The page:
The foundation of my beliefs is the same as it was when I was 10. Non-violence.
- Joan Baez
This Love Letter is written to a seventeen year-old with whom I have a special relationship. She is the younger daughter of a close, long-time, woman friend of mine.
I have always been struck by your shining spirit, your ready laugh and the way that I picture you: smiling. You have radiated promise and hope, your innocence written across your face like a flush of warm light. Your intelligence and musical talent leap from you like wild ponies, unbridled and startling.
How, then, did you become suicidal? I wondered, when your mother told me recently.
Nothing should surprise me where teenaged girls are concerned. After all, I was once one myself and took reckless chances. I never cease to be amazed at the stories I hear of the things most of us as adolescents and very young adults do to stretch our selves radically away from our families, our upbringing, and our already illusory safety nets.
But . . . you?
From the warmth, support and love of your home – unlike so many millions of our sisters the world over who have nothing on which to fall back -- to sleeping on the frigid cement at a gas station. What devastation had happened to you?
Over time, the story unfolded for me, as the truth reared its head to your parents, and your mother answered my enormous questions.
I knew that your environment had changed drastically, but I thought it might be a welcome change. Although anyone who leaves New York and moves to a wide open space, as I’ve since done, risks culture shock.
I did not know that one day at your new school, where you were already not thriving, you had come out as gay. I applaud your openness, but I also understand the dangers of revealing this in a hostile environment. That was when the abuse began, terrorism, really, on an intimate, highly personal scale.
A group of kids began slamming your head into your locker on a regular basis, calling you obscene names, until they were sure your soul had been damaged. And it is frighteningly easy to damage – or destroy -- someone’s soul. How powerful we are!
Then came sexual abuse from a boy who was convinced that he could change your mind. And all the while you began disappearing for longer and longer periods of time from your home, as your parents searched frantically and tried to understand what dark forces had overtaken you. I know that you’ve since experienced more than one stay in a terrifying psychiatric ward, which has only increased your feelings of total disorientation and disenfranchisement.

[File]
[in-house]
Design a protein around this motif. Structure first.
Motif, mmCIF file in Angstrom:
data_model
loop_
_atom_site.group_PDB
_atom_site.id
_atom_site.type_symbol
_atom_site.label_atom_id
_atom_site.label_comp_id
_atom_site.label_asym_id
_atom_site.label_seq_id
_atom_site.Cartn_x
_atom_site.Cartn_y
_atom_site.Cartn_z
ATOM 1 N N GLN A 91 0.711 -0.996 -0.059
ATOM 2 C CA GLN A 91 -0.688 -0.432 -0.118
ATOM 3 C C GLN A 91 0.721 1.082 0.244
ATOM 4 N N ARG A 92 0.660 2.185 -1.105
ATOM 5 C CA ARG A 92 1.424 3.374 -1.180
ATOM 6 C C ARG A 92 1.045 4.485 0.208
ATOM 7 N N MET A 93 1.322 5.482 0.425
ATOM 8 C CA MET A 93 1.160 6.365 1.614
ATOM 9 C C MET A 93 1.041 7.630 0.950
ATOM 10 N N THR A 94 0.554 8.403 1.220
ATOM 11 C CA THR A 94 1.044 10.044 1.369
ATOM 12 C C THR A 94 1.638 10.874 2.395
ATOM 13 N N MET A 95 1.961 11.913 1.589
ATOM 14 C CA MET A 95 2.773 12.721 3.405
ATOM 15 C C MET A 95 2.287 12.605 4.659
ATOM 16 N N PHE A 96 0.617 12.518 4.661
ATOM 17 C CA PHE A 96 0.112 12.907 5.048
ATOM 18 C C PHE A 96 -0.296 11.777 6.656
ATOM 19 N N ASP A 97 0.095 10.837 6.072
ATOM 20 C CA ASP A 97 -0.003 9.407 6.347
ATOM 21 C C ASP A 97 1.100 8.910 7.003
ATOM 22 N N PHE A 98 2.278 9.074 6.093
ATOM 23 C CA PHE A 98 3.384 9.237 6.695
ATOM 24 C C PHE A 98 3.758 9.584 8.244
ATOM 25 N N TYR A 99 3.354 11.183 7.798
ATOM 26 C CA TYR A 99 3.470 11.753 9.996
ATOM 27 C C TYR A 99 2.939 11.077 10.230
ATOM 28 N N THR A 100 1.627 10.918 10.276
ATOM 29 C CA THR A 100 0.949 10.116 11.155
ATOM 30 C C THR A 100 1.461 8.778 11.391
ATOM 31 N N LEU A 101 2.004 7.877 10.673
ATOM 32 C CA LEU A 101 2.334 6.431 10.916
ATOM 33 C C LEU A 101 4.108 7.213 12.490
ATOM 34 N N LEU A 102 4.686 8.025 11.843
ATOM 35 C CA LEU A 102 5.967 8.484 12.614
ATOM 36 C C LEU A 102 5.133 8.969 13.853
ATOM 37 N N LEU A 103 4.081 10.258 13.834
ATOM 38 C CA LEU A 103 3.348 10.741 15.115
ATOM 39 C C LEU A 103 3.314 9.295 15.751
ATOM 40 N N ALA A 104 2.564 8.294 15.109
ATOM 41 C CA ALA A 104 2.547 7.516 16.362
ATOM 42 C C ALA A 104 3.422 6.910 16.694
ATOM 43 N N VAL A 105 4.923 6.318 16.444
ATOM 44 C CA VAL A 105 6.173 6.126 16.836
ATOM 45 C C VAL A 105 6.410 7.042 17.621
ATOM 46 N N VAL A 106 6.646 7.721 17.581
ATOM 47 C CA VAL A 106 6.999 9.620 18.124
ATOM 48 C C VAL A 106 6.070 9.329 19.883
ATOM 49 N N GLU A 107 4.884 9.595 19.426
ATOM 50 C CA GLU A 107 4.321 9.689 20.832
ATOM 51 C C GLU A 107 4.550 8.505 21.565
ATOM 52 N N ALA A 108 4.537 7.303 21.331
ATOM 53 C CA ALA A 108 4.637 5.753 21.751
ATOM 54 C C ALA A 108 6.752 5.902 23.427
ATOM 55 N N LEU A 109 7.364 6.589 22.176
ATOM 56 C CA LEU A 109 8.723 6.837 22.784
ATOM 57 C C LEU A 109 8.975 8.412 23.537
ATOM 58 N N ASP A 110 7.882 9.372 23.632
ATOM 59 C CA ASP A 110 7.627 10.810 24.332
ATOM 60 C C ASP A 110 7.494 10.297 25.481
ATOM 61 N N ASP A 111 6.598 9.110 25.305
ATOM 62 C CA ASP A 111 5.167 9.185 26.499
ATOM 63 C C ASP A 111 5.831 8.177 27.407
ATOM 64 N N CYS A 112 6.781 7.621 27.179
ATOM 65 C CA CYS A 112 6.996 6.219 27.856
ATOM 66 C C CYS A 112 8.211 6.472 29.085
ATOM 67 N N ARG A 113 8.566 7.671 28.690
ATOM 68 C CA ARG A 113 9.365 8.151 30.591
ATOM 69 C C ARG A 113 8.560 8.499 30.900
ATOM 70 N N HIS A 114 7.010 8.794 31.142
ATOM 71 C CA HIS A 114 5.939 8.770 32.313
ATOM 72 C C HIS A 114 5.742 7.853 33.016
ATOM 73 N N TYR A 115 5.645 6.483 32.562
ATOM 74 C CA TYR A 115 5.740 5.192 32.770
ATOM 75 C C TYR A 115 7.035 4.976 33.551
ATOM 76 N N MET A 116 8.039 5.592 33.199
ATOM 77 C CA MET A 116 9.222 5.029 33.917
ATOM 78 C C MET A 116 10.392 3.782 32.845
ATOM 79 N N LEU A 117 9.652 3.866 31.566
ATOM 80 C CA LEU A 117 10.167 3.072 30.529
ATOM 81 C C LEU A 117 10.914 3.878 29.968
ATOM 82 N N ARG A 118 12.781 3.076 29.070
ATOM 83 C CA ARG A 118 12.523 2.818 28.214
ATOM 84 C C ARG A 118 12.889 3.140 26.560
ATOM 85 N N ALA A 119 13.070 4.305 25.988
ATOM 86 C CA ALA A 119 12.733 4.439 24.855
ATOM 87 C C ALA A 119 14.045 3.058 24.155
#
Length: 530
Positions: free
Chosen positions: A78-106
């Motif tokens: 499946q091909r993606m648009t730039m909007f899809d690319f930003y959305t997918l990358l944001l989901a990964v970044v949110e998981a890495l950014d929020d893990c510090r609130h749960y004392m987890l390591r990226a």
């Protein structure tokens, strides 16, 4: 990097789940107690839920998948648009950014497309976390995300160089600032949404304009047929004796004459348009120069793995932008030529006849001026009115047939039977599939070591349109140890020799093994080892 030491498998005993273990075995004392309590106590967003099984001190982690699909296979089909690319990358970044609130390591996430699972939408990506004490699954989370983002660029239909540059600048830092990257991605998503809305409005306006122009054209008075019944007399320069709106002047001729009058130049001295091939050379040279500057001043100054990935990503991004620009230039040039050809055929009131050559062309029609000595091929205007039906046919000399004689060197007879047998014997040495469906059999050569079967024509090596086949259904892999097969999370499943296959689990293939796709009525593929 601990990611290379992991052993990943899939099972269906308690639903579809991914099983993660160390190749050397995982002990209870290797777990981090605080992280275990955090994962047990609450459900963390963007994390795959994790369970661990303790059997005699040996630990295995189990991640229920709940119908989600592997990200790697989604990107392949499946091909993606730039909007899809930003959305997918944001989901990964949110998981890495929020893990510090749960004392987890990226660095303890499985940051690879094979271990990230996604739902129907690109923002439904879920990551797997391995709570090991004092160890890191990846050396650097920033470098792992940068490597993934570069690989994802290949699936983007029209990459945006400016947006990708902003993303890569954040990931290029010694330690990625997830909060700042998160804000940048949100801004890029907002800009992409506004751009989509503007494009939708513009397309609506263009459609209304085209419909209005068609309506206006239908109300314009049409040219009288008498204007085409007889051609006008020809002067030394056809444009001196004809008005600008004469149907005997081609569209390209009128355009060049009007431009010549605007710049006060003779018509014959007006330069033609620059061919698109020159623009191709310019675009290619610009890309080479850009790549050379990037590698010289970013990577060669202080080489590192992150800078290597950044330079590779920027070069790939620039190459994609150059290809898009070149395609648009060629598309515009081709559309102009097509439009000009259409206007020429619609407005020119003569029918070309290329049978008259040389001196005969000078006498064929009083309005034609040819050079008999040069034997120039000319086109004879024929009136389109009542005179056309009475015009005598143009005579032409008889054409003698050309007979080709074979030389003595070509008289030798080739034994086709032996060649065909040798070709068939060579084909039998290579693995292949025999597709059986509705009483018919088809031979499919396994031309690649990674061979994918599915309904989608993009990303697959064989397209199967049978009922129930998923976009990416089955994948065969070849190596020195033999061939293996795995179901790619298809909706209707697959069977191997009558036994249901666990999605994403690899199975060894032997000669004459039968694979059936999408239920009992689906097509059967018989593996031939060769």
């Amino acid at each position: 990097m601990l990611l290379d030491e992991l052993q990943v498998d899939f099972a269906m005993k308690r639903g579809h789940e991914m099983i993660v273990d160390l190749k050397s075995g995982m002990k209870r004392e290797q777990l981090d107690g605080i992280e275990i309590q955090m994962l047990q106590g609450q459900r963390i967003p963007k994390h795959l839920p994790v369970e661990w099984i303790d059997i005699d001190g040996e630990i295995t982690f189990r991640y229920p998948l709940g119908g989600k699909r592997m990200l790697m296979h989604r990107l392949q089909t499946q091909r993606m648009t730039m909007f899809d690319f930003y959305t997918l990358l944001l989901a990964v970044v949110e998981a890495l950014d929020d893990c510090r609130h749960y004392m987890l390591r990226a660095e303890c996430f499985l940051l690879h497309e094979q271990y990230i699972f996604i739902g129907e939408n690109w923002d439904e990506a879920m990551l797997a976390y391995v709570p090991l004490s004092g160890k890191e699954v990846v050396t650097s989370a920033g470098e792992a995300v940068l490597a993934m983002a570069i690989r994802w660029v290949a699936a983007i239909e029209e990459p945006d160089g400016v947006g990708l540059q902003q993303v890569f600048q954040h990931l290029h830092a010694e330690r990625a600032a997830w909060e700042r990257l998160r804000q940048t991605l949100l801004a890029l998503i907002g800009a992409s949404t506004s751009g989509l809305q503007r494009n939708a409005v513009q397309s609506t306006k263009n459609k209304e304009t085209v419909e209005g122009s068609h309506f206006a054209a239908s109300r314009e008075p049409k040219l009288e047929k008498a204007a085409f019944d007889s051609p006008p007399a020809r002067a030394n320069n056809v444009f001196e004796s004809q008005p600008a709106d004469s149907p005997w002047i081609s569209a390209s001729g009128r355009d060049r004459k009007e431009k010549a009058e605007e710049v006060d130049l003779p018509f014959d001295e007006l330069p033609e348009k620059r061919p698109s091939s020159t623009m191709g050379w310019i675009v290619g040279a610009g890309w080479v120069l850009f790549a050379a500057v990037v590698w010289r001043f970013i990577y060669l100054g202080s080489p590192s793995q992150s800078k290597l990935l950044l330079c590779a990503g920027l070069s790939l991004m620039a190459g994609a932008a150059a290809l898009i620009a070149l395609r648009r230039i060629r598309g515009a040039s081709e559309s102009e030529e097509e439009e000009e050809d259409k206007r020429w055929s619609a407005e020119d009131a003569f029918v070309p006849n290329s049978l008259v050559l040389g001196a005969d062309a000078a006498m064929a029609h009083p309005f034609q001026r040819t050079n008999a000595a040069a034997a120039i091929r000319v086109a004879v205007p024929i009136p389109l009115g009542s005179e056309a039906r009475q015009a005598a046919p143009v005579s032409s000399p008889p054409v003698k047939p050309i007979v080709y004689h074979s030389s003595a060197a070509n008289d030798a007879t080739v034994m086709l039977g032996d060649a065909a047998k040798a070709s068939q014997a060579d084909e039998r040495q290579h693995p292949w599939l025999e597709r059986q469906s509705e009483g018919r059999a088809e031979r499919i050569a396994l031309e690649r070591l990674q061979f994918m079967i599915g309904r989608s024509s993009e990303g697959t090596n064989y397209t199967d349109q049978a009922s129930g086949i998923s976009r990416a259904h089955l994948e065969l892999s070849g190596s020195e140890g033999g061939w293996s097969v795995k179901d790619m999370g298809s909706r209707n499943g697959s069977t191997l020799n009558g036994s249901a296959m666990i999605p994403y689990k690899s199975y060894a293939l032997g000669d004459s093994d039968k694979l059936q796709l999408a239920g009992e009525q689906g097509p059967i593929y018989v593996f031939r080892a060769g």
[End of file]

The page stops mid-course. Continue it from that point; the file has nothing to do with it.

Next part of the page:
My Dear C, because of this violence you have forgotten your utter magnificence. Like all the other young women who have suffered violence, you have lost sight of Who You Really Are. But you can repair your shredded spirit and regain your sense of self, because the one truth is that each of you, Dear Girls, Dear Young Women, is a unique, exquisite spirit, in the midst of unfolding, organically, like a strong, gorgeous, flowering plant. You exemplify love, you are the future and you have more courage than you know.
Other troubled, wretched, misguided persons, who must resort to cruelty to feel worthwhile themselves, are pouring their toxic waste into the depths of your openness. This aimless violence has been with us since time immemorial. So what can we do differently and newly to make it STOP? How do we empower all women to rise up in the face of terrible ignorance?
We own a different sort of defense now. And if we can’t own it, most of us can at least borrow it. All over the globe – in India, in the Philippines, and numerous other countries-- young women are using their technological prowess, from social media to women’s protection apps, to shout for help, to tell the truth, to make certain that their voices are heard. You, yes you, are joining together in solidarity to FIGHT BACK, to regain your souls, to insist that your abusers see you in a different light and unless they do, will have to answer for their appalling lack of empathy, for their narcissism, for their antiquated attitudes.
So, C! It is time to join hands with millions of other young women the world over and shout to the sky, “WE ARE NOT GOING TO TAKE IT ANY MORE!” Then act on this emphatic promise. Let’s learn ways to stop abusers in their tracks. Stop them so shockingly that never again will they raise an uninvited hand to a woman. Let’s use technology in our favor.
- Sarah Whitten Grigsby is a World Pulse Vision Mentor and Interfaith Reverend who empowers young women and believes strongly in the healing power of animals, particularly dogs. One of the ways that “ C,” was brought back from the edge was with the unconditional love of a dog named Isabelle.
Take action! This post was submitted in response to Take Back the Tech 2013.